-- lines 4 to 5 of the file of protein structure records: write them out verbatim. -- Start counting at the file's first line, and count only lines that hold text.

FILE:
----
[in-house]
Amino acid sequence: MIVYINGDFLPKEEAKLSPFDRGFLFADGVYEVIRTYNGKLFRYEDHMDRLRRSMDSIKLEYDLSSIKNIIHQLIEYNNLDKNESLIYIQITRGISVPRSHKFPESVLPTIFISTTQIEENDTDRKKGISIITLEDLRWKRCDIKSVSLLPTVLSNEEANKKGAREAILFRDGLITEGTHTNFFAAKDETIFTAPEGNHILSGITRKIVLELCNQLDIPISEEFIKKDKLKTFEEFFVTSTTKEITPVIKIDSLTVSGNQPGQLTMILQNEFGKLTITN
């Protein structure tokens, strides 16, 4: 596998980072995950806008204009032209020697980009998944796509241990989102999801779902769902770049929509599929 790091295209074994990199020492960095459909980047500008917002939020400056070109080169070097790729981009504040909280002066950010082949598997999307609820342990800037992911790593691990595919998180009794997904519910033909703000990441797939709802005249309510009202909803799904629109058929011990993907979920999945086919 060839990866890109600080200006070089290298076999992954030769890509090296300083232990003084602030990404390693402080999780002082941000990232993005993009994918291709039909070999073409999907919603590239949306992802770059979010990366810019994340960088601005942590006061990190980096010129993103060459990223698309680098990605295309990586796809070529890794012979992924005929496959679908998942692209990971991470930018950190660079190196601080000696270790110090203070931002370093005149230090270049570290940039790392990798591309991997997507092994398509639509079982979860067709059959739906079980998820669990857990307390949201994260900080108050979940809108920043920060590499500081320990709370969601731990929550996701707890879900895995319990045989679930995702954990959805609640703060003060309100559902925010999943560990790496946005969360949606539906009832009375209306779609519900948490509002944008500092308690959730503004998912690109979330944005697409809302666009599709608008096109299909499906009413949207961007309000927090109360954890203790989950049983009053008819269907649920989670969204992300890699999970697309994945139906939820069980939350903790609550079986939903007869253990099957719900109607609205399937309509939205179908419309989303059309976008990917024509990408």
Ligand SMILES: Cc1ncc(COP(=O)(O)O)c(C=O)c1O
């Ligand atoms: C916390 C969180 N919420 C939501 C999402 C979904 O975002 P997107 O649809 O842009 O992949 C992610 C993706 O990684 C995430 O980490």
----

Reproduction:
Ligand SMILES: Cc1ncc(COP(=O)(O)O)c(C=O)c1O
């Ligand atoms: C916390 C969180 N919420 C939501 C999402 C979904 O975002 P997107 O649809 O842009 O992949 C992610 C993706 O990684 C995430 O980490």